The jury is still out on Vitalik’s account abstraction proposal

EIP-7702 was quickly adopted for the next Ethereum upgrade, but developers haven’t quite locked it down


Ethereum co-founder Vitalik Buterin | Alexey Smyshlyaev/Shutterstock modified by Blockworks


It’s not yet clear when Ethereum’s next major upgrade will hit mainnet, with current estimates ranging from November this year to early 2025 — although the latter now seems more likely.

The first step in shoring up a timeline for “Pectra” is to finalize the specification of all Ethereum Improvement Proposals that are to be included.

While most of that work has been done, one item was identified on Thursday’s All Core Developers (ACD) call as “the number one outstanding spec issue for Pectra,” and that’s EIP-7702: Set EOA account code for one transaction.

This proposal allows an Externally Owned Account (EOA) — think a normal wallet like MetaMask — to temporarily function as a smart contract for a single transaction. EOAs are accounts controlled by private keys, and smart contracts are code that runs on the blockchain — in this case Ethereum.

EIP-7702 aims to merge some functionalities of both for enhanced flexibility and security.

One example is gasless transactions, where a dapp sets an EOA to allow a third party (such as an operator or sponsor) to cover the fees for a transaction.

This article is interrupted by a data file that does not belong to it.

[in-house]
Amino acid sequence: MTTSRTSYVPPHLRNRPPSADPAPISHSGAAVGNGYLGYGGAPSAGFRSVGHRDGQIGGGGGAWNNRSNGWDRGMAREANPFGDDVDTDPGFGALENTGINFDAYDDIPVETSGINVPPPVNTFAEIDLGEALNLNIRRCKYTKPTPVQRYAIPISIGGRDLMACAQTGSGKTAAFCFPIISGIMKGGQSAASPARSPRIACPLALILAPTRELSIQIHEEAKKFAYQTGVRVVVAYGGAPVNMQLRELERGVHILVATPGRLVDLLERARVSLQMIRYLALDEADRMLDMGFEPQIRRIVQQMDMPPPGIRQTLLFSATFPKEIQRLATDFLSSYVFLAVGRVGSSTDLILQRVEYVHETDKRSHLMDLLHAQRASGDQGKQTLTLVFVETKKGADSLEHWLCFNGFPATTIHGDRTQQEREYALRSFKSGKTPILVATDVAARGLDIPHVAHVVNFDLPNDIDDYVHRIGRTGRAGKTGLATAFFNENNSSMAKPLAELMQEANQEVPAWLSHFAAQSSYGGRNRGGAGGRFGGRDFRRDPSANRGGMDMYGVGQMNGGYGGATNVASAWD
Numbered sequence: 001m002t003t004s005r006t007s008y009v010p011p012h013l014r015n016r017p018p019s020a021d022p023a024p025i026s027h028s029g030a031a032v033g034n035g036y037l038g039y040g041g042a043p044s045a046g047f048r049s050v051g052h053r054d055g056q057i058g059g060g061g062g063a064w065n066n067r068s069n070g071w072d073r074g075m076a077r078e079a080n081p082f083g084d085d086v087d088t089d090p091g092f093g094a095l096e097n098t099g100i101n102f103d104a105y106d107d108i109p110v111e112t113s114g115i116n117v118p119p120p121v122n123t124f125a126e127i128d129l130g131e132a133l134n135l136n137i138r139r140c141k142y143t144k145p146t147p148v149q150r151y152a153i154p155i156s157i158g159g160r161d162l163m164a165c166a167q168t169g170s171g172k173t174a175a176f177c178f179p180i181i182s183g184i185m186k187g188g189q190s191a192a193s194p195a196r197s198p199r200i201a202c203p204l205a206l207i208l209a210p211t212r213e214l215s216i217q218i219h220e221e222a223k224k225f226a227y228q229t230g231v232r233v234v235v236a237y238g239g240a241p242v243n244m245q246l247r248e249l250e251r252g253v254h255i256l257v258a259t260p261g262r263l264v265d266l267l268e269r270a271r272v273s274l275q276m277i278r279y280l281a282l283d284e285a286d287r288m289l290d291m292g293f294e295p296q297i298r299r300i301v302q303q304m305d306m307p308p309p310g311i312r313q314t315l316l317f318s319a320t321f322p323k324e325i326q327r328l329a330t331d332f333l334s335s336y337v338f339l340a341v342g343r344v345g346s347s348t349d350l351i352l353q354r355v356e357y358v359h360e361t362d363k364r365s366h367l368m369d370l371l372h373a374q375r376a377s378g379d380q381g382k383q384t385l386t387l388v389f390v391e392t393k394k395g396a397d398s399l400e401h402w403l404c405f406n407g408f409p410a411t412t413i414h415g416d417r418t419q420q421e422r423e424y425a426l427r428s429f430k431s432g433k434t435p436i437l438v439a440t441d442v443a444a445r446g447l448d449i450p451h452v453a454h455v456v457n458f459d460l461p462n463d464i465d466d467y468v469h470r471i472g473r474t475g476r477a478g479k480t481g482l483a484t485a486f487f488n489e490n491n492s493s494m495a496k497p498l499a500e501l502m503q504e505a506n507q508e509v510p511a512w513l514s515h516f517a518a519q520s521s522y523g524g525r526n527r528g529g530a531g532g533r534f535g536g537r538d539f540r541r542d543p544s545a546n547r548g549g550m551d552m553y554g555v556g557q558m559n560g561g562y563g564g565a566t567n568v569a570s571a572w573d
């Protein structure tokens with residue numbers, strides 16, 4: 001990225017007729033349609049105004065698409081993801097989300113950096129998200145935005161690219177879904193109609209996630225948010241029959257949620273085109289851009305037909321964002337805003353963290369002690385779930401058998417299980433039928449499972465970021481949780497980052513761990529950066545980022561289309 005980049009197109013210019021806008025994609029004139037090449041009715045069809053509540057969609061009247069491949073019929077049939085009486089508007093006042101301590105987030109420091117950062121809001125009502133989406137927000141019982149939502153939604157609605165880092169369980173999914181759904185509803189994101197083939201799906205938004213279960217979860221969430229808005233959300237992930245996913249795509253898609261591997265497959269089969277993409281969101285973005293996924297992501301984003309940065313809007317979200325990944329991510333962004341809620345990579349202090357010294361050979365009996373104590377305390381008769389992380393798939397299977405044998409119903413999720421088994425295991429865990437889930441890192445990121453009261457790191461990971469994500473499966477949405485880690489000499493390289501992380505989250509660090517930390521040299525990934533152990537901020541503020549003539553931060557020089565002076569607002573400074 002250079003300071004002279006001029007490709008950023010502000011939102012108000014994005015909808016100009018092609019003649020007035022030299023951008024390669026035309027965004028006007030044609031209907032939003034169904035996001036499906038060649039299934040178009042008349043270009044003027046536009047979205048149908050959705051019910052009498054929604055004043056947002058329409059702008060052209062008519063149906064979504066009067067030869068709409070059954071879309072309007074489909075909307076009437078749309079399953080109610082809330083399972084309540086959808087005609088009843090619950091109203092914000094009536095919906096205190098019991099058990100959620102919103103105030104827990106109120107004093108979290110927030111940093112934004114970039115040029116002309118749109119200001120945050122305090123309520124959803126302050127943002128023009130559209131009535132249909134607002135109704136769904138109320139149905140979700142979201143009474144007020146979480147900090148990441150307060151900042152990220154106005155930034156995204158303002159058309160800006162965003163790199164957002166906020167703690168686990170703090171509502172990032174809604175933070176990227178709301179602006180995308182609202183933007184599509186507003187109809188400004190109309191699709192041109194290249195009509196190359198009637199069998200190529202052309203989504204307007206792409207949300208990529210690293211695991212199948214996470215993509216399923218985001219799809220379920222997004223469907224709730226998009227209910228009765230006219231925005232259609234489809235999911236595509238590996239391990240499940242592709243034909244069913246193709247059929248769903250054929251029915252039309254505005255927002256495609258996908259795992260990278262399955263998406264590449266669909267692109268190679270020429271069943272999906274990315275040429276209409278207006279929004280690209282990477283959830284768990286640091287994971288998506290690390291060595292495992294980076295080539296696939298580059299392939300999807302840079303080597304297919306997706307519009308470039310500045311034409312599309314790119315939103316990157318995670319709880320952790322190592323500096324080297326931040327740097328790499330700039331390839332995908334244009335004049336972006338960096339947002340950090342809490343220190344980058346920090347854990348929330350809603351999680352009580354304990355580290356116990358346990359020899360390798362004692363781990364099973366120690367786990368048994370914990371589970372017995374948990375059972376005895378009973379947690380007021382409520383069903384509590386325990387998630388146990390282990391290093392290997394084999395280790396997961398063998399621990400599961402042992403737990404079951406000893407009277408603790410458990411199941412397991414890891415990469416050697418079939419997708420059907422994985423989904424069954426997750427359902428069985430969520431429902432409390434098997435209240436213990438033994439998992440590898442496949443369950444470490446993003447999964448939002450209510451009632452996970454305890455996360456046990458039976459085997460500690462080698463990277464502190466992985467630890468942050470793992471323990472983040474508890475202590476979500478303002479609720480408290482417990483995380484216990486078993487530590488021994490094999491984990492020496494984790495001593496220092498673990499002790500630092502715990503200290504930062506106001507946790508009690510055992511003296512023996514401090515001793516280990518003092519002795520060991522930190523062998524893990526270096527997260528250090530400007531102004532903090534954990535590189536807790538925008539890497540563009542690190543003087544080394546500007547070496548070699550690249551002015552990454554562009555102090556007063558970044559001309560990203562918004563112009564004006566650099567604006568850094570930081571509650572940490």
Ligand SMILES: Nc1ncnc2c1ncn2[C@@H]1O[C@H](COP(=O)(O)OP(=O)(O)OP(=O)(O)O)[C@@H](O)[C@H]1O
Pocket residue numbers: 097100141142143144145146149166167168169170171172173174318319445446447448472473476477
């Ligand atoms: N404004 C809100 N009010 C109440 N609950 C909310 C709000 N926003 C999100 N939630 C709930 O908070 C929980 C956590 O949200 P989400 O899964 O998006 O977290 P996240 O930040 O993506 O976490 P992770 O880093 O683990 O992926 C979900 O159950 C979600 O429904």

The EIP was offered by Ethereum developers, including Vitalik Buterin, in early May and is set to replace an earlier contentious attempt to enable similar features.

Read more: Vitalik rallies support for temporary smart wallets on Ethereum

The upgrade is designed with a future based around account abstraction in mind, avoiding unnecessary complexities and ensuring forward compatibility with further user experience improvements.​ 

During the ACD call, developers discussed the integration challenges and potential risks associated with EIP-7702.

Sudeep Kumar from the Erigon team suggested an account-based revocation system that would be “keeping track of the template addresses that [the user] revoked.”

Geth developer Lightclient suggested such a feature could be implemented as an ERC, not in-protocol.

Other developers voiced concerns over the complexity and potential for scope creep with EIP-7702, depending on which version was ultimately adopted. Some developers argued for bringing over certain features from the earlier EIP-3704 that it is meant to replace.

But Safe co-founder Richard Meissner praised the simplicity of 7702, pointing out it “has no onchain impact, [so] you can deprecate it much easier.”

Marius van der Wijden from Geth expressed reservations about encouraging the use of an account as both a smart account and EOA simultaneously, and Meissner agreed.

“Having both feels very dangerous when it comes to specifying it,” Meissner said.

The consensus was to resolve these issues by the next ACD call to ensure timely implementation for Devnet 2 — the third of many small developer testnets.

That call is scheduled for July 4 — Independence Day in the US — but all American developers in attendance indicated that any backyard barbecuing duties wouldn’t get in the way of Ethereum’s progress.

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